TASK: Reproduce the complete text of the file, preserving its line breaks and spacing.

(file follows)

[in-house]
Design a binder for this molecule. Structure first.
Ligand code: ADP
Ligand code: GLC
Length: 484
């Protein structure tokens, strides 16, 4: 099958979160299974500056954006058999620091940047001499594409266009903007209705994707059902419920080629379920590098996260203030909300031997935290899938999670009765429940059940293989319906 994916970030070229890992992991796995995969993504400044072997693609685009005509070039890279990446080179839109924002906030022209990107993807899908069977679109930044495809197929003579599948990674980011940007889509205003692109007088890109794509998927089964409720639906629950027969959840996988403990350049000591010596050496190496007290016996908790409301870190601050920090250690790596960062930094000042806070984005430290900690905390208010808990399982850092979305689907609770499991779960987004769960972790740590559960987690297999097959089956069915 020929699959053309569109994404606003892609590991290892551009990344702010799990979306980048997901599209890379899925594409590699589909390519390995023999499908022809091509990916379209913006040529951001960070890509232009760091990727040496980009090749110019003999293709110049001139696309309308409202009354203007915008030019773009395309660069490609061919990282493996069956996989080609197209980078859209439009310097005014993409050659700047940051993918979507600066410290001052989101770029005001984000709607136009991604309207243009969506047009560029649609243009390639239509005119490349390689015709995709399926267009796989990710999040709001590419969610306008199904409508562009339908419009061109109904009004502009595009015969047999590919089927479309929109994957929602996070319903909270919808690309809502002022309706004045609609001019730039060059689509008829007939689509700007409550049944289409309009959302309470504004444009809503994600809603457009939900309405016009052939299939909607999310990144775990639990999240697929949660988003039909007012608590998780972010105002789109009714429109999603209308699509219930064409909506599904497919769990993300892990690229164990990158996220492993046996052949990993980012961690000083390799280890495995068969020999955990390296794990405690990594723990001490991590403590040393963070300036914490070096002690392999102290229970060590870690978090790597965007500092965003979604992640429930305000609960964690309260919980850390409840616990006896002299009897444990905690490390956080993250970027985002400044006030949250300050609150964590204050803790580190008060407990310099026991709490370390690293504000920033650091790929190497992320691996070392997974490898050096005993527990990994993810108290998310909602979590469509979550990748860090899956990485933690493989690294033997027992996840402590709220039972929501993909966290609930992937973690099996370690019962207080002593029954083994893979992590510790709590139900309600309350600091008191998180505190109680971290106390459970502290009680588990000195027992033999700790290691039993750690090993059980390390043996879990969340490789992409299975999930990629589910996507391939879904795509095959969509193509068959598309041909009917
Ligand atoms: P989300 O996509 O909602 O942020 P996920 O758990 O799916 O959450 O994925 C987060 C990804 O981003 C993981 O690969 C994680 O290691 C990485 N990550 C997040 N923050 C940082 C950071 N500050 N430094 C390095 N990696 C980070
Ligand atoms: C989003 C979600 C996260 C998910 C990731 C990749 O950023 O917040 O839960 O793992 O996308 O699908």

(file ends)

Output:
[in-house]
Design a binder for this molecule. Structure first.
Ligand code: ADP
Ligand code: GLC
Length: 484
């Protein structure tokens, strides 16, 4: 099958979160299974500056954006058999620091940047001499594409266009903007209705994707059902419920080629379920590098996260203030909300031997935290899938999670009765429940059940293989319906 994916970030070229890992992991796995995969993504400044072997693609685009005509070039890279990446080179839109924002906030022209990107993807899908069977679109930044495809197929003579599948990674980011940007889509205003692109007088890109794509998927089964409720639906629950027969959840996988403990350049000591010596050496190496007290016996908790409301870190601050920090250690790596960062930094000042806070984005430290900690905390208010808990399982850092979305689907609770499991779960987004769960972790740590559960987690297999097959089956069915 020929699959053309569109994404606003892609590991290892551009990344702010799990979306980048997901599209890379899925594409590699589909390519390995023999499908022809091509990916379209913006040529951001960070890509232009760091990727040496980009090749110019003999293709110049001139696309309308409202009354203007915008030019773009395309660069490609061919990282493996069956996989080609197209980078859209439009310097005014993409050659700047940051993918979507600066410290001052989101770029005001984000709607136009991604309207243009969506047009560029649609243009390639239509005119490349390689015709995709399926267009796989990710999040709001590419969610306008199904409508562009339908419009061109109904009004502009595009015969047999590919089927479309929109994957929602996070319903909270919808690309809502002022309706004045609609001019730039060059689509008829007939689509700007409550049944289409309009959302309470504004444009809503994600809603457009939900309405016009052939299939909607999310990144775990639990999240697929949660988003039909007012608590998780972010105002789109009714429109999603209308699509219930064409909506599904497919769990993300892990690229164990990158996220492993046996052949990993980012961690000083390799280890495995068969020999955990390296794990405690990594723990001490991590403590040393963070300036914490070096002690392999102290229970060590870690978090790597965007500092965003979604992640429930305000609960964690309260919980850390409840616990006896002299009897444990905690490390956080993250970027985002400044006030949250300050609150964590204050803790580190008060407990310099026991709490370390690293504000920033650091790929190497992320691996070392997974490898050096005993527990990994993810108290998310909602979590469509979550990748860090899956990485933690493989690294033997027992996840402590709220039972929501993909966290609930992937973690099996370690019962207080002593029954083994893979992590510790709590139900309600309350600091008191998180505190109680971290106390459970502290009680588990000195027992033999700790290691039993750690090993059980390390043996879990969340490789992409299975999930990629589910996507391939879904795509095959969509193509068959598309041909009917
Ligand atoms: P989300 O996509 O909602 O942020 P996920 O758990 O799916 O959450 O994925 C987060 C990804 O981003 C993981 O690969 C994680 O290691 C990485 N990550 C997040 N923050 C940082 C950071 N500050 N430094 C390095 N990696 C980070
Ligand atoms: C989003 C979600 C996260 C998910 C990731 C990749 O950023 O917040 O839960 O793992 O996308 O699908």